When a musical style falls outside the narrow confines of rock, rap, or country, it used to be called "alternative." As in, the alternative to rock, rap, or country. Then, hilariously, the term "alternative" became commodified, and mainstream music really hasn't offered us much of a true alternative since then. These days, a sounds that can't be easily labeled may eventually fall into the vague description of "eclectic," which tells you nothing about style, and sadly calls to mind not creativity but peculiarity- like owning 27 cats.
Fortunately, someone else once said that there are only two kinds of music: Good and Bad. Using this simplified guide, I can confidently call "Chris Glover"'s new CD Hell Isn't Even That Funny only good. By plan, the tracks on "Hell" are not quite like anything you're hearing on the radio today. "Chris Glover" says that he set out to make the music that he wished was being played on the radio today- producing a mix of sounds that are familiar to today's radio listener but in a style and combination that blurs the lines between mainstream musical categories. And the shortest, simplest explanation of the result is that it's good.
A more confused and complicated definition, in terms of the most readily available examples would be that the Glover sound builds on beats and rhythm with a rap sensibility, makes use of samples and hooks with a small nod towards club music, and lays a layer of pop shine and melodies across the resulting structure. Glover's lyrical message is generally one of hope, spirituality, and a call for change. Whew! It's enough to make you want to call it eclectic. Just think G-Love with a much broader range of influence.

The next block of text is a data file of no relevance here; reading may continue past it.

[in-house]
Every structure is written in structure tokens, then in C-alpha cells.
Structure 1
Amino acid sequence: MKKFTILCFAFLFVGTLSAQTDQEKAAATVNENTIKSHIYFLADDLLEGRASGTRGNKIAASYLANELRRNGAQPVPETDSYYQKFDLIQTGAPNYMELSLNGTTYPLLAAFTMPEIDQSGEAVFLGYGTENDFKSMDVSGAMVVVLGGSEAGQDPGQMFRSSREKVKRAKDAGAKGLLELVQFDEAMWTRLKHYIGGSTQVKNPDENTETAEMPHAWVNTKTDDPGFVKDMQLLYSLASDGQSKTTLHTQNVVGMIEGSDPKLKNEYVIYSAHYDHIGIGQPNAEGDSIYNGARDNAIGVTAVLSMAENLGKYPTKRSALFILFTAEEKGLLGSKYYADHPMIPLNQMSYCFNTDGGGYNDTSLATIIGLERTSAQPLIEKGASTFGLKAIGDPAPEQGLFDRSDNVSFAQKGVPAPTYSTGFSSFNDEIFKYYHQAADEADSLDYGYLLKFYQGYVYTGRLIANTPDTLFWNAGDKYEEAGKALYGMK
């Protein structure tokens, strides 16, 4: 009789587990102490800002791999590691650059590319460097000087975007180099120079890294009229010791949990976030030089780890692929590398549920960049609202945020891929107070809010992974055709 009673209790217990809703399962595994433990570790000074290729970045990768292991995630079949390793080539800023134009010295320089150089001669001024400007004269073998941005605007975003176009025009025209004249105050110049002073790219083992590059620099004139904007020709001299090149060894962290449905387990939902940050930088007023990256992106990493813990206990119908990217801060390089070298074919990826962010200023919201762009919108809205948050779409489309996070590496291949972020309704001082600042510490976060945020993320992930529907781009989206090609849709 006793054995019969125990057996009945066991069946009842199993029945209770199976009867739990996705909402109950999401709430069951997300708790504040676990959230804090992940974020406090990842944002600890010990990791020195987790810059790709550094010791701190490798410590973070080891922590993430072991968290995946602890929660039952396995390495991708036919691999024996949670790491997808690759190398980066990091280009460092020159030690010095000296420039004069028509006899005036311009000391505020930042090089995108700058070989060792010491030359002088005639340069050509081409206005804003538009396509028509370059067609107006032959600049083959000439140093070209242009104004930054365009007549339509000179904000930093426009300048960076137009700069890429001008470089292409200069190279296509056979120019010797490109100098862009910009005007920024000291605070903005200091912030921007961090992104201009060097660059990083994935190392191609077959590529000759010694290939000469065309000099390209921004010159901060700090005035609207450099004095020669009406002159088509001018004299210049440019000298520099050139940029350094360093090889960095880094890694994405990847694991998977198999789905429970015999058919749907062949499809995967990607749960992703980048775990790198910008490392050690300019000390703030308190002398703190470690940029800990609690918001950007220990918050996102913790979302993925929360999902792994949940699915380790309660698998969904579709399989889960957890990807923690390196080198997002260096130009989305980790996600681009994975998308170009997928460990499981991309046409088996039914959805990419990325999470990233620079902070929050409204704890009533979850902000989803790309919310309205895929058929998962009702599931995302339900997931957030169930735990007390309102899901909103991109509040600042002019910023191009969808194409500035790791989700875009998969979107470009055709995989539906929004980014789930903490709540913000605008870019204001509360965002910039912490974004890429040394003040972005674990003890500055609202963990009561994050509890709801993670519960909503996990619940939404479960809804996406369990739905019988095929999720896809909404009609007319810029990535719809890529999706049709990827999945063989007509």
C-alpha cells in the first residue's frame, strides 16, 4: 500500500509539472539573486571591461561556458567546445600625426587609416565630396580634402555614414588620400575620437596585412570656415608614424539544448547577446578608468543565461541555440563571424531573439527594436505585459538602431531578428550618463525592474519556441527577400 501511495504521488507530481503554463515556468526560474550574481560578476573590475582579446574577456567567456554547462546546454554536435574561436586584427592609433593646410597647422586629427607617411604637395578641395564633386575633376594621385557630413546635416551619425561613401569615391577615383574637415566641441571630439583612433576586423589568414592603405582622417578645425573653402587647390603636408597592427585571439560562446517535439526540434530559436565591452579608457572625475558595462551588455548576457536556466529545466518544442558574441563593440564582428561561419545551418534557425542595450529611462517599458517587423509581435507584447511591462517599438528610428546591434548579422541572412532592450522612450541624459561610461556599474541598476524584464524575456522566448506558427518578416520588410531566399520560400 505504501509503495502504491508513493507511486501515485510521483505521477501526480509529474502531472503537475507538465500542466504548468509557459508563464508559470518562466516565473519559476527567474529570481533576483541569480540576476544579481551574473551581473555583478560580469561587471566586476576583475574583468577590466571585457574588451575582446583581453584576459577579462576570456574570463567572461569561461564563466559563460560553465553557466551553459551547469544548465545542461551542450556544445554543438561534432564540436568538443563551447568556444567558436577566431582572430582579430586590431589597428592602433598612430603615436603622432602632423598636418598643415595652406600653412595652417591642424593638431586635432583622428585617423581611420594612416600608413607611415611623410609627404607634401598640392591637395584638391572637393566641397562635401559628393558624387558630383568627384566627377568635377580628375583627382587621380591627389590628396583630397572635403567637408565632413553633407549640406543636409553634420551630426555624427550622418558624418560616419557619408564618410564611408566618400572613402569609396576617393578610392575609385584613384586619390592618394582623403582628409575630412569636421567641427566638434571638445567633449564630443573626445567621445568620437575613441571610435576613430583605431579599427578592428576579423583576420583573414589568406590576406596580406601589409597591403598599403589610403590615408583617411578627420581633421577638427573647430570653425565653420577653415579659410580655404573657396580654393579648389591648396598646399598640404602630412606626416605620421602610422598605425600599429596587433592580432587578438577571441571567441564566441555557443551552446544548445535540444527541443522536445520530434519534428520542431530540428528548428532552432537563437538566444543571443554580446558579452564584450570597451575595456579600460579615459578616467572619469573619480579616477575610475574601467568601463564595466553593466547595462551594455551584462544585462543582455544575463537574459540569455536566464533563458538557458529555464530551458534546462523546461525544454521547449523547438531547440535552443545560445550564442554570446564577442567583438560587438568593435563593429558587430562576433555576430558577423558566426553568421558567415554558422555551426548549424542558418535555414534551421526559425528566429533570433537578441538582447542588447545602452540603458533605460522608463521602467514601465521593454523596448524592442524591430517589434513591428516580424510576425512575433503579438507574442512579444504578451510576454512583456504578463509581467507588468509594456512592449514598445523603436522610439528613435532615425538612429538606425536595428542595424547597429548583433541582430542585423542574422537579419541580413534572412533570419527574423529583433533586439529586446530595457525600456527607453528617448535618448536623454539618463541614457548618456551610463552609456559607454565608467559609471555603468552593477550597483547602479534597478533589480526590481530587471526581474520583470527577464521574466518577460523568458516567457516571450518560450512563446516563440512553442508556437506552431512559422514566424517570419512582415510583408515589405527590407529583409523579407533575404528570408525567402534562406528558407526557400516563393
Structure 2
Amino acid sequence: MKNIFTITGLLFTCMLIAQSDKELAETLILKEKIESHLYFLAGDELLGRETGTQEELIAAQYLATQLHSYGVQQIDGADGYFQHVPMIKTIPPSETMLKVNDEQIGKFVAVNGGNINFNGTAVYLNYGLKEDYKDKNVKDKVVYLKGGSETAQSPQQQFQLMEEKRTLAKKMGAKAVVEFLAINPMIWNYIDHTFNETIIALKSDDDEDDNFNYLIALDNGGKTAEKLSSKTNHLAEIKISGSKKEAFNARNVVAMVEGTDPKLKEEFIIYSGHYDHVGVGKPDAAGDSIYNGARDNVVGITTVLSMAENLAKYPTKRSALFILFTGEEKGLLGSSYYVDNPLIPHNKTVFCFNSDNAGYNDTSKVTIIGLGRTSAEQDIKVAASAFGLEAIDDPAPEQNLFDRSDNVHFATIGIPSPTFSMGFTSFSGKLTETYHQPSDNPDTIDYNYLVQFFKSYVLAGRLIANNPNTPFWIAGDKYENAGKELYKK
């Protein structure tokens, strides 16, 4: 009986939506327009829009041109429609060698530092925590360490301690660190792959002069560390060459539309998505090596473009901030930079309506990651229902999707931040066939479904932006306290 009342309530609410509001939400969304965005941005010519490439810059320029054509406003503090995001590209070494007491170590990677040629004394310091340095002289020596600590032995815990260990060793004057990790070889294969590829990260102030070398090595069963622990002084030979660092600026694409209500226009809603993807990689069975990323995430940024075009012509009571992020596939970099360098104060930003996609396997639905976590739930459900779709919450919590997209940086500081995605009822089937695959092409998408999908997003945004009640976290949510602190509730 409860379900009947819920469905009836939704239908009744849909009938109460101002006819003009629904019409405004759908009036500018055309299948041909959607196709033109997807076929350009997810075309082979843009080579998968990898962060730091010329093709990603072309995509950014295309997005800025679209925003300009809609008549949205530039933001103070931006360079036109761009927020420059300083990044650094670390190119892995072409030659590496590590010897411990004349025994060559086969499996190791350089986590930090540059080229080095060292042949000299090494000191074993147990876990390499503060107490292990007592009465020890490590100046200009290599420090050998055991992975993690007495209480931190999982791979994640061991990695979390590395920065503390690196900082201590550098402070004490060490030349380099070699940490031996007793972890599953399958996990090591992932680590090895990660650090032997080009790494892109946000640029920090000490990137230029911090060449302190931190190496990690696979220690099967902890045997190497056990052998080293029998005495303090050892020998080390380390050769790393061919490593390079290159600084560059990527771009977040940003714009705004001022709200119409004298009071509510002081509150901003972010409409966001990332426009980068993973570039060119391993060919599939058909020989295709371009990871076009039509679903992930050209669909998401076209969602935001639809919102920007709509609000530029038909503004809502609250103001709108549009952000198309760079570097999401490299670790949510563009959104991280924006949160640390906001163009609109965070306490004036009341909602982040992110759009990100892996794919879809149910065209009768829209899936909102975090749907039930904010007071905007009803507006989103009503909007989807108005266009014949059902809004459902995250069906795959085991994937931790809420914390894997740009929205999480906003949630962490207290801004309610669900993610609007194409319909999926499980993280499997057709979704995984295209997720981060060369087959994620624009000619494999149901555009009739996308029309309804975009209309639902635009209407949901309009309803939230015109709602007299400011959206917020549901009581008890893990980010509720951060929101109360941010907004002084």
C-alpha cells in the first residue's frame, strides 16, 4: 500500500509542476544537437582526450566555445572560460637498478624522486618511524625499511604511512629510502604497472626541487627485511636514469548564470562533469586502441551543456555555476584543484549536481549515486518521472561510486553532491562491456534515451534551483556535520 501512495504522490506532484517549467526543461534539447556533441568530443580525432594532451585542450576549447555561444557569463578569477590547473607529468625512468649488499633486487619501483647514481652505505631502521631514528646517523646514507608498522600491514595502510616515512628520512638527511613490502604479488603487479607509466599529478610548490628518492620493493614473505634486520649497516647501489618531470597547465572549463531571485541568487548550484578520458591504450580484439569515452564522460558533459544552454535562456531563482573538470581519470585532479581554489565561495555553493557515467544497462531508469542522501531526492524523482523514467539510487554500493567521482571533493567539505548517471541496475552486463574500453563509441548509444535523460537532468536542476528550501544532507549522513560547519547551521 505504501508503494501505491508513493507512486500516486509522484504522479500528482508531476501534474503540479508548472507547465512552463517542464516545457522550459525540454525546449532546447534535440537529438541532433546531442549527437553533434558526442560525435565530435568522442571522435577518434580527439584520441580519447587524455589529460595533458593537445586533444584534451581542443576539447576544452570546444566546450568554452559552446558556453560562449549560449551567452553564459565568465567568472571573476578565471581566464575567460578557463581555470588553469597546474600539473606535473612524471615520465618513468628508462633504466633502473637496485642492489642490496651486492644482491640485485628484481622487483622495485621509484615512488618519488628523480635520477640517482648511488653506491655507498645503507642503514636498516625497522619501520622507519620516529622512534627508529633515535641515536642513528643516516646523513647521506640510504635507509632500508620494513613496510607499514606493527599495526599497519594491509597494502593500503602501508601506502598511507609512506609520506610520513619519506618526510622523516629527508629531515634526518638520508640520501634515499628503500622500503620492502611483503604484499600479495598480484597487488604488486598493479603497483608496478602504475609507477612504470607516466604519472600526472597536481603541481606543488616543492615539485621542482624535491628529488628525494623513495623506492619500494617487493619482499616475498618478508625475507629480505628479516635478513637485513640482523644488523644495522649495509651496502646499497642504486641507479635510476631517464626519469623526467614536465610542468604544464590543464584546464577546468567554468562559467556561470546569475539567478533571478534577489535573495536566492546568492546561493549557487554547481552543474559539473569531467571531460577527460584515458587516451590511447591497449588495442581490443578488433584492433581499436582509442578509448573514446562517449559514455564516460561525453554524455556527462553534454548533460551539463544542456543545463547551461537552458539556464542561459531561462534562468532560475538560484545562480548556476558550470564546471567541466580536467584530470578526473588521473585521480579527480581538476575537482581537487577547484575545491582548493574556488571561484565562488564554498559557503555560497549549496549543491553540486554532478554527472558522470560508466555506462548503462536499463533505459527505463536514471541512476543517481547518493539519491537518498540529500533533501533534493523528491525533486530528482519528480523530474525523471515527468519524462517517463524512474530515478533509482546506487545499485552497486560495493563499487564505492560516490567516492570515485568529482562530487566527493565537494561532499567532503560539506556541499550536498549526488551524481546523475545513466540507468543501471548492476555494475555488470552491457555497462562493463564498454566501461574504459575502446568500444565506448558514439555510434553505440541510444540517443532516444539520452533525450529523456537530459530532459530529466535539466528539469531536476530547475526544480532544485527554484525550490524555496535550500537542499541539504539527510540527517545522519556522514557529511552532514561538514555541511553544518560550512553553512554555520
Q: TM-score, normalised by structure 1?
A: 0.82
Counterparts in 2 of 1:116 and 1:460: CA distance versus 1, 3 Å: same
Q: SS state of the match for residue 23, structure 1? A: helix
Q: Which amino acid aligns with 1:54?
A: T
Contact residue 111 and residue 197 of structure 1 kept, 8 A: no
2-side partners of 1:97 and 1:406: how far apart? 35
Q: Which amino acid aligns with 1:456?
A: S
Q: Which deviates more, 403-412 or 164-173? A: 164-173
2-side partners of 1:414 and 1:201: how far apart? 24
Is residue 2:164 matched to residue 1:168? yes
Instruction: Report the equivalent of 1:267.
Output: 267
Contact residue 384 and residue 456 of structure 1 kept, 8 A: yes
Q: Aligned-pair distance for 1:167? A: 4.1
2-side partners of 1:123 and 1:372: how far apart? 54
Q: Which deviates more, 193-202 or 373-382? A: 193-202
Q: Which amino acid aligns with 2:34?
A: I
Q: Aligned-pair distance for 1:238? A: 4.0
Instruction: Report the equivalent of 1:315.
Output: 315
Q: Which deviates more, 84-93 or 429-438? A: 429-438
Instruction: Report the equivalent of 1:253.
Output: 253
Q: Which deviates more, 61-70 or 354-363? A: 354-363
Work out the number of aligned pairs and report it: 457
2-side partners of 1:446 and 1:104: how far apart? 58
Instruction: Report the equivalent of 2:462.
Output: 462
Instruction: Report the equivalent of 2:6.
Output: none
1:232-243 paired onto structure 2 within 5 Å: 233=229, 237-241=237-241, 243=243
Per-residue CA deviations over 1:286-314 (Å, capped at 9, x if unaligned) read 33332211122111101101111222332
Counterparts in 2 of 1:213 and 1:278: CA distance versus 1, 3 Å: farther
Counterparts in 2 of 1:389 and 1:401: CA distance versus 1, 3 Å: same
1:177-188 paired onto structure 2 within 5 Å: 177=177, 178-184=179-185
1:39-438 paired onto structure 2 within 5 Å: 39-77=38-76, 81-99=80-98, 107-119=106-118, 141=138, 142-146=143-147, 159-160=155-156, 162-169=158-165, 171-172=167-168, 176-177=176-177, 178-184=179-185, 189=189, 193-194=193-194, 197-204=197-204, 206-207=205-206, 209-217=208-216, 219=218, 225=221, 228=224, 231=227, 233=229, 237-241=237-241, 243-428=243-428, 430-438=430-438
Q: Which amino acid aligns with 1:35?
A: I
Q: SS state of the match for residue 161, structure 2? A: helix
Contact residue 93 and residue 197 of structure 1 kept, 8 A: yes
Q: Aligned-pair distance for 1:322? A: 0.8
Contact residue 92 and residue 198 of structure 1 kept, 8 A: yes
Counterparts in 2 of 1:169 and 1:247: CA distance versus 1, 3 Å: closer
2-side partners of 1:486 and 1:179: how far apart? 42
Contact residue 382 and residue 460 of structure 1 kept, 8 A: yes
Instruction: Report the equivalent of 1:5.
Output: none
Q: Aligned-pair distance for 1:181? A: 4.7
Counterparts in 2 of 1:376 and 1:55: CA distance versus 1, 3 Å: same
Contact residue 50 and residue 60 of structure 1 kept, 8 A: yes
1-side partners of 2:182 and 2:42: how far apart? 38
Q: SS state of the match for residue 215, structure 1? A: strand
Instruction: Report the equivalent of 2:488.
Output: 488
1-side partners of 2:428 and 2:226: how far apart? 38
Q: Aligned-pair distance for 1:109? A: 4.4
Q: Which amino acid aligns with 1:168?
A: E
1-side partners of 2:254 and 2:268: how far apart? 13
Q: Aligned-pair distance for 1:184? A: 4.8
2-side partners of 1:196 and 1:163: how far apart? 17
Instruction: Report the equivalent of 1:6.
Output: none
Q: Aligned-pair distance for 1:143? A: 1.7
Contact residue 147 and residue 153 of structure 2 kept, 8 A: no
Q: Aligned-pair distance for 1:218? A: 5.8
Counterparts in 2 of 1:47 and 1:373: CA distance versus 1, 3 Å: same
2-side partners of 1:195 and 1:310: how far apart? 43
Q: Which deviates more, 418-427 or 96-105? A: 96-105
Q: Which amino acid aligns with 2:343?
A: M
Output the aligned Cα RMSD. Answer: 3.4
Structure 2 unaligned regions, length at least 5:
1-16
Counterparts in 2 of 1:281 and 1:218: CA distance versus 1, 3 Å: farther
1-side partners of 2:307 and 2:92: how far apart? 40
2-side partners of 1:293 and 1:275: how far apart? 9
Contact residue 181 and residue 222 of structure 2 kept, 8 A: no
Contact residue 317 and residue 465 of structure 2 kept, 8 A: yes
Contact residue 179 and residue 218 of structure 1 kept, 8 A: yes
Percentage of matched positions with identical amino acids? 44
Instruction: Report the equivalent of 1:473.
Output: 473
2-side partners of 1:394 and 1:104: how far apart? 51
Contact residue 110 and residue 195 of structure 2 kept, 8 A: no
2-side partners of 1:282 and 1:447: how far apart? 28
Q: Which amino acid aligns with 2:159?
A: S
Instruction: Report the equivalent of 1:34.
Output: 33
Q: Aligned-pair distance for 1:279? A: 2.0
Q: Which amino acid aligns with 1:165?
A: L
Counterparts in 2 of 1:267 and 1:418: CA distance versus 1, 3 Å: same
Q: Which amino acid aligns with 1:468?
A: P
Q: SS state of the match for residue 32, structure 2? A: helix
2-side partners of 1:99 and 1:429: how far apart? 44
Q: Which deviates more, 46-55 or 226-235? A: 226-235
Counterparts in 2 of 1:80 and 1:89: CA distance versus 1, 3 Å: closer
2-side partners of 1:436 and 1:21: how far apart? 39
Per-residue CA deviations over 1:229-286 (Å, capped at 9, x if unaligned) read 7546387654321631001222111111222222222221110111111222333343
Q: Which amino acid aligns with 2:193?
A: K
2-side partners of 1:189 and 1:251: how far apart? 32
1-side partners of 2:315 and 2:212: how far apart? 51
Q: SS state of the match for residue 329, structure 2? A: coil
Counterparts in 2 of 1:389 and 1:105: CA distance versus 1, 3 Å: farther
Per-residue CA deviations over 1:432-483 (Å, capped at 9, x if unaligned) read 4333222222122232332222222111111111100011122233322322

Hell Isn't Even That Funny begins with 'Stand On Your Seat,' one of the most radio friendly tracks on the CD, and one that perfectly sets a pleasant mood of expectation for the rest of the album. The following track, 'Pinocchio,' introduces the listener to a more focused rap style which, in turn, gives way to the more heavily dance influenced 'Never So Far Away.' By the end of the fourth track, 'Holy Moses,' which naturally follows a more spiritual bent, the listener has seen the extent of the range to be expected. Despite the wide range of influences, there is a common underpinning that brings a healthy cohesiveness to the entire album, one that makes an uninterrupted listening a pleasant experience.
While Hell Isn't Even That Funny may be difficult to put into a category, it is easy to listen to and enjoy. "Chris Glover"'s effort here has produced a well crafted work that should appeal to listeners from a wide range of musical tastes.